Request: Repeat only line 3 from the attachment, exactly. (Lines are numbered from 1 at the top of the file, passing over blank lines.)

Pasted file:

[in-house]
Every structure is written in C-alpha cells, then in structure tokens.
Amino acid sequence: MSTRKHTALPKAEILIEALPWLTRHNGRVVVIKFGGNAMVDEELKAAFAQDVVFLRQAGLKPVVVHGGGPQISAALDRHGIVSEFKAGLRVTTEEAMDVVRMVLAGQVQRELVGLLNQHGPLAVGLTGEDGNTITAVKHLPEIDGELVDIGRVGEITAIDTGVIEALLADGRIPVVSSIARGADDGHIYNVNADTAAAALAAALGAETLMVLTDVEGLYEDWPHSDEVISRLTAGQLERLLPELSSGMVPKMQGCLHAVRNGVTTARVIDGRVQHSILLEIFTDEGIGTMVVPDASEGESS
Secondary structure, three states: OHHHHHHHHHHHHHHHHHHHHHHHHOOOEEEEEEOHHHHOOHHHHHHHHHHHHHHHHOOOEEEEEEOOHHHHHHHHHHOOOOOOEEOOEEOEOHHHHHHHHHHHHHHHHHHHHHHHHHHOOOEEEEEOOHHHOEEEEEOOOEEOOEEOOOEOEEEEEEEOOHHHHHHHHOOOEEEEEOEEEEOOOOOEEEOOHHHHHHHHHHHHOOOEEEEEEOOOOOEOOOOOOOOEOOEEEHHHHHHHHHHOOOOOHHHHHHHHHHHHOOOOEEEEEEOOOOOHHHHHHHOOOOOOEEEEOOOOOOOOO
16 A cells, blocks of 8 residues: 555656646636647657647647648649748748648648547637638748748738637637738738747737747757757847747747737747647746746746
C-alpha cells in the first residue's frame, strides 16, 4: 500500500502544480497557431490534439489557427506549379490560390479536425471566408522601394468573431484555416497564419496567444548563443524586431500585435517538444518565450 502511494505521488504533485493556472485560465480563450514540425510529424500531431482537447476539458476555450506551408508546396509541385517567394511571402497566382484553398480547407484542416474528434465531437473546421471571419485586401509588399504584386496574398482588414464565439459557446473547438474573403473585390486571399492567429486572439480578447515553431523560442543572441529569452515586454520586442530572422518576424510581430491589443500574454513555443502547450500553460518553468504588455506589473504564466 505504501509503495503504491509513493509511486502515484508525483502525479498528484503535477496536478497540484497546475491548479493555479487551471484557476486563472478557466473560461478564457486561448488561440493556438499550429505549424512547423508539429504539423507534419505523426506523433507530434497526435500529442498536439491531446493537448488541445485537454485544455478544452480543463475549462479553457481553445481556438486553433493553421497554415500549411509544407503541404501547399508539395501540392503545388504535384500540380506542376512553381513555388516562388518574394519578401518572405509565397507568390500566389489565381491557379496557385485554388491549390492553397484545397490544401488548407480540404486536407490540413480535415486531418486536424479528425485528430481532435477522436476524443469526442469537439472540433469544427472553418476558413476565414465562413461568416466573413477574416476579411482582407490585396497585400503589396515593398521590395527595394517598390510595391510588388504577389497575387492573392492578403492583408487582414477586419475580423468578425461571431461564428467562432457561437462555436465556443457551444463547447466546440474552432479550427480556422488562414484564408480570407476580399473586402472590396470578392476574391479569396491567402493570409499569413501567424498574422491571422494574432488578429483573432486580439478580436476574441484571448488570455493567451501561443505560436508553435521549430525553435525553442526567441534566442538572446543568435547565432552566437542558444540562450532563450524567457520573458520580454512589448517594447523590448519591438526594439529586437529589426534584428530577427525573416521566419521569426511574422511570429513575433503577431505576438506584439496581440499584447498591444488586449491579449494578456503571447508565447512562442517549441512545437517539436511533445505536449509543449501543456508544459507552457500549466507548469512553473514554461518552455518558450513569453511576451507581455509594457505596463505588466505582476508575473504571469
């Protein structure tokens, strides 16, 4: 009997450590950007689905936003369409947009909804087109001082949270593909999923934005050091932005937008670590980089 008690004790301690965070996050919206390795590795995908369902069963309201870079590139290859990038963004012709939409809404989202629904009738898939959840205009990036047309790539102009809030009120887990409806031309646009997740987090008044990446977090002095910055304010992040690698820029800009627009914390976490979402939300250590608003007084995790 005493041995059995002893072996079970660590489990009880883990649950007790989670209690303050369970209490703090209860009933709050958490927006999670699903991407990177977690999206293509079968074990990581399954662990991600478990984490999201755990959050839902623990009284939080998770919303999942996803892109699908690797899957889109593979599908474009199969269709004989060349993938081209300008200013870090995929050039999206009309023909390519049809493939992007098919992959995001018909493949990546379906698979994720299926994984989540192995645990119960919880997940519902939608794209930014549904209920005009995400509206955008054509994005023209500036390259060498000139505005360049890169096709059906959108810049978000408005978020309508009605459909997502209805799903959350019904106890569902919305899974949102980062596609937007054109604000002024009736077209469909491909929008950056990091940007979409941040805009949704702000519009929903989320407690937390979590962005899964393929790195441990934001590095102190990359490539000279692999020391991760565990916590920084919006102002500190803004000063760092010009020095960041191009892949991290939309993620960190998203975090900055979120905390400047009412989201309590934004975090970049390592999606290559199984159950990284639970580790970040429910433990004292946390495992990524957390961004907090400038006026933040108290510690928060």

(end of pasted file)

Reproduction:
Amino acid sequence: MSTRKHTALPKAEILIEALPWLTRHNGRVVVIKFGGNAMVDEELKAAFAQDVVFLRQAGLKPVVVHGGGPQISAALDRHGIVSEFKAGLRVTTEEAMDVVRMVLAGQVQRELVGLLNQHGPLAVGLTGEDGNTITAVKHLPEIDGELVDIGRVGEITAIDTGVIEALLADGRIPVVSSIARGADDGHIYNVNADTAAAALAAALGAETLMVLTDVEGLYEDWPHSDEVISRLTAGQLERLLPELSSGMVPKMQGCLHAVRNGVTTARVIDGRVQHSILLEIFTDEGIGTMVVPDASEGESS